Book Description: It's another school year at W.T. Melon Elementary School. Once again a typical class of third-graders occupy the classroom at the end of the hall. There's a boy who keeps forgetting to raise his hand when he talks out. There's a girl who always takes cuts and another who can't keep her hand to herself. Of course, W.T. Melon has big plans for this new crew. Read the tales to meet Sub Dude; Burp, the School Alarm; Anta Claus; and many more classroom characters. 2007 Kansas Reading CircleReviews: Children's Literature - Anita Barnes Lowen
Kids and teachers alike will recognize most (if not all) of the students starring in each chapter of this funny collection of classroom tales. Only four rules are posted above the blackboard, but there are students in this class who can break them all. Meet Paul, who never remembers to raise his hand before he asks a question; and "Zack-in-the-Box," who cannot stay in his seat; or Kimberly, who is most certainly the Queen of Cuts (who does not want to be first in line) with her comprehensive "Ways to Take Cuts" list —who has ever heard of a "Cut-Back Cut" or a "Cut-Corners Cut" or, the most daring one of all, the "Domino Cut?" And can a class survive the school day without subtraction? Funny and easy to read, this is a great book for the beginning of the school year when teachers go over classroom rules. Kids will love it. 2006, Front Street/Boyds Mills Press, Ages 7 to 10.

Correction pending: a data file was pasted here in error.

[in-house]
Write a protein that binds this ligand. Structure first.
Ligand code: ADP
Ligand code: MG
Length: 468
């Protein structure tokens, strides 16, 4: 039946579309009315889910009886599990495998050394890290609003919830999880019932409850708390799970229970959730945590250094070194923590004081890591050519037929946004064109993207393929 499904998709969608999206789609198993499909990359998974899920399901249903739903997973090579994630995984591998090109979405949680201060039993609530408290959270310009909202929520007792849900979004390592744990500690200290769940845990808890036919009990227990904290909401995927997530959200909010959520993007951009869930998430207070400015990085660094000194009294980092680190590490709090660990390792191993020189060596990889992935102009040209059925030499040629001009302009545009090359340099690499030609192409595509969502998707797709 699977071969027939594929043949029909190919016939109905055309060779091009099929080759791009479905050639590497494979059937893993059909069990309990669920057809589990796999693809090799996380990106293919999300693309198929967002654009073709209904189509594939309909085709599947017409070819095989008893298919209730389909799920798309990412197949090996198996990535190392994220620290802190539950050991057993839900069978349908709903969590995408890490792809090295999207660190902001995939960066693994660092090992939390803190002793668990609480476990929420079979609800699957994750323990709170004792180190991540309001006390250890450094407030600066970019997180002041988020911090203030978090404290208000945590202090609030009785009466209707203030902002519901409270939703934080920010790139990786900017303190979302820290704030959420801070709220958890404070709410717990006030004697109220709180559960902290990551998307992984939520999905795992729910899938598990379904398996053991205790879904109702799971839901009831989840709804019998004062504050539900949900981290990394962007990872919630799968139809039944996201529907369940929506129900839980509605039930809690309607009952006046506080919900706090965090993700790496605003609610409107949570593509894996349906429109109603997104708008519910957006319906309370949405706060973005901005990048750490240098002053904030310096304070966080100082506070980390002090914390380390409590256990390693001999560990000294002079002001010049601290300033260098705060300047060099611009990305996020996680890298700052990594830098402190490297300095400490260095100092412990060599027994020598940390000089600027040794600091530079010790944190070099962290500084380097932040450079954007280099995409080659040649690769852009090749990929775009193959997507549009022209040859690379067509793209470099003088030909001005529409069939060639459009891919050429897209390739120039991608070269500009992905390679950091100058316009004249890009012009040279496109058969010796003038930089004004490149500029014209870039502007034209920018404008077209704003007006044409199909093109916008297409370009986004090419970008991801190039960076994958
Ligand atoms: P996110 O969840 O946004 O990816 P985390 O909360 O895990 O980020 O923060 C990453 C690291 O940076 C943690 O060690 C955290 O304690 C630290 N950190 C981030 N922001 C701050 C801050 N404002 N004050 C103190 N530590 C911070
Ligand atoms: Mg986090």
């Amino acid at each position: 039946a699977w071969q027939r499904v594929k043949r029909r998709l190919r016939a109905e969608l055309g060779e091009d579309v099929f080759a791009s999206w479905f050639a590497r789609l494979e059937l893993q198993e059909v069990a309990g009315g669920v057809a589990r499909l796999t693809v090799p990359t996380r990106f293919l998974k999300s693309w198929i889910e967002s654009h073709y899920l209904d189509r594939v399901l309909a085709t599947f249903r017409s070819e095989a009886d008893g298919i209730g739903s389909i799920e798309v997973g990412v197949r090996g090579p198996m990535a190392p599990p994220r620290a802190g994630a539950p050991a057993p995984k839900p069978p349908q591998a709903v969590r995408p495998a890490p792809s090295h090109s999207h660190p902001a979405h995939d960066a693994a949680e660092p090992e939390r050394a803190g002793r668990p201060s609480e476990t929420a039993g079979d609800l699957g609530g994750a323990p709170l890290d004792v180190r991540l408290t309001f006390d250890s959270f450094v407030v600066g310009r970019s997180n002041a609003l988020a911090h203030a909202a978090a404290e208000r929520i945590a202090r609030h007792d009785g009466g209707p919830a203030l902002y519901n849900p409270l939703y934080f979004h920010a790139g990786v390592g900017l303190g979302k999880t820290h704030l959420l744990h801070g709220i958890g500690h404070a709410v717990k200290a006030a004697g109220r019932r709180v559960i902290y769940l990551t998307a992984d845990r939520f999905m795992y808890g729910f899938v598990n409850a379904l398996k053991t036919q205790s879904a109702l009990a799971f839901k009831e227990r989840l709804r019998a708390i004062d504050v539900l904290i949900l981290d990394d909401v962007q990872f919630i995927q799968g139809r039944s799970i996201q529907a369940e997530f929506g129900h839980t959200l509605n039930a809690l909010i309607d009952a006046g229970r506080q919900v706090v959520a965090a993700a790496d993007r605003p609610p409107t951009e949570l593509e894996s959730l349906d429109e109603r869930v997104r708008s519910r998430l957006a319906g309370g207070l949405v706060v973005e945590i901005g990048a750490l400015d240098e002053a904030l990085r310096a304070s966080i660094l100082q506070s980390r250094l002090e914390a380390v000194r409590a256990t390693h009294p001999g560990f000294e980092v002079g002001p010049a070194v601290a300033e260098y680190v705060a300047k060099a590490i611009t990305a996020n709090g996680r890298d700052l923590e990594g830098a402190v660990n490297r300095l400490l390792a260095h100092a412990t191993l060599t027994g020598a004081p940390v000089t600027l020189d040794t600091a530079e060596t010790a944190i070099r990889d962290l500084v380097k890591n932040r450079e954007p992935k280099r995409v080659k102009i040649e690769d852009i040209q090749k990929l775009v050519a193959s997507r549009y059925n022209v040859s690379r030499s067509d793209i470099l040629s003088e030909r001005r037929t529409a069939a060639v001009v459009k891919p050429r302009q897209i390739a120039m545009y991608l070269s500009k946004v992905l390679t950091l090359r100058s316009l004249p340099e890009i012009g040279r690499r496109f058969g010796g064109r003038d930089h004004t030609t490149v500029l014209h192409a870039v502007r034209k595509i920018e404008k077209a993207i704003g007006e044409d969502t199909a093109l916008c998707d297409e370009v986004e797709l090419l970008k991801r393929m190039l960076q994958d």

There's something strange happening with the third grade at W.T. Melon Elementary School. Rumor has it that the school's founder is still alive, lives just above the classroom and makes things . . . different. By all accounts, this seems to be true. Paul, who speaks out of turn, comes down with mouth moths-invisible creatures that fly from his mouth unless he raises his hand to speak. Kimberly, who cuts in line, mysteriously finds herself always last. Zachary learns that the reason he can't stay seated is actually because his chair is in need of taming. Hannah has trouble keeping her hands to herself until she finds that everyone she touches freezes. Loren comes to understand the value of tests when she becomes a test tester (with help from the class pet). And Matthew realizes the value of subtraction when his substitute, Subdude, makes it disappear entirely. Full of wordplay and accompanied by comical drawings, each stand-alone story in this collection contains a lesson about behavior that is never pedantic and always replete with warmth and humor. (Fiction. 7-10) Booklist
The third entry in Evans' classroom-tales collection presents more zany, mysterious happenings in the "classroom at the end of the hall." Some third-graders are having a hard time. Paul, who can't stop blurting things out, discovers that he has icky "mouth moths"; Zachary has difficulty staying seated until his chair suddenly becomes a bucking bronco. While creatively presenting familiar challenges, the nine stories are both entertaining and supportive. Small, witty cartoons add punch to the selections.
Author Comment: It was fun to revisit the classroom at the end of the hall. Mouth Moths, More Classroom Tales is my third book of stories about the third-graders in the classroom at the end, and some of these stories are my favorites. Anta Claus and Spot are two I would tell my students about when I was a grade school teacher. It's great to finally introduce them to a wider reading audience.